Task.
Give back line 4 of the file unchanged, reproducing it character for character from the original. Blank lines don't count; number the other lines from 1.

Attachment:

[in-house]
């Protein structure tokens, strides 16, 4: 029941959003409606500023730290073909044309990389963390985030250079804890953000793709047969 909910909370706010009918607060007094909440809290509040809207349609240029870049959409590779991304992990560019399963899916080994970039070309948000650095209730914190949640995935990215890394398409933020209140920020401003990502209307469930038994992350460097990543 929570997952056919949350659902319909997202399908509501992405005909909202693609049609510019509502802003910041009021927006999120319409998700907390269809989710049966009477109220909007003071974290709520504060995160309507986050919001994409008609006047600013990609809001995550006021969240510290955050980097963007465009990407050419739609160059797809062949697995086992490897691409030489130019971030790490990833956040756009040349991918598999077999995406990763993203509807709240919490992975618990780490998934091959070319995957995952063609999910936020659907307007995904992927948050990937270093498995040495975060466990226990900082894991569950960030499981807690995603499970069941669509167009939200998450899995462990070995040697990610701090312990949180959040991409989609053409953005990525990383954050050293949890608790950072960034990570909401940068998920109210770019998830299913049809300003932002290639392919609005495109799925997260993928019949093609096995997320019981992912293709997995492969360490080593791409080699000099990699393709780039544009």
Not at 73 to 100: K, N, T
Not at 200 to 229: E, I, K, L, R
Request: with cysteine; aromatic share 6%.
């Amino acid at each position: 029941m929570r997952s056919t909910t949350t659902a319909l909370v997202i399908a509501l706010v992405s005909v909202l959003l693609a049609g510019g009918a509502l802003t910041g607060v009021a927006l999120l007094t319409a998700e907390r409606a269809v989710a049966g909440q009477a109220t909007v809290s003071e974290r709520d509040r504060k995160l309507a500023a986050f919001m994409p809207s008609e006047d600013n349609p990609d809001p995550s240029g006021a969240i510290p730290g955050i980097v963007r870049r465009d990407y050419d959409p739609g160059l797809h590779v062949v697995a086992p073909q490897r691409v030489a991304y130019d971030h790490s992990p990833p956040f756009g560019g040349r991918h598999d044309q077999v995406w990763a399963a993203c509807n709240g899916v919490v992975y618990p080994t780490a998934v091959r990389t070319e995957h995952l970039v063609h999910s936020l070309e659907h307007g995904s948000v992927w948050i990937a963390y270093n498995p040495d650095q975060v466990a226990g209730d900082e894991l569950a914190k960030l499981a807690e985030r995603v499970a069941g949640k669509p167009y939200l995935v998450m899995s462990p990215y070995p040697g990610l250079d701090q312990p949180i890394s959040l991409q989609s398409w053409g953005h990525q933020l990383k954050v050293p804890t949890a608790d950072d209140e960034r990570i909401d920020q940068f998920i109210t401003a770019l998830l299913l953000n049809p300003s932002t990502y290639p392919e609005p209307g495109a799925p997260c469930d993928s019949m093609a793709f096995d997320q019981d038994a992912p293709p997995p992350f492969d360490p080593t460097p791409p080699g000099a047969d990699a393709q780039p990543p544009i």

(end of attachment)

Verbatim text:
Not at 200 to 229: E, I, K, L, R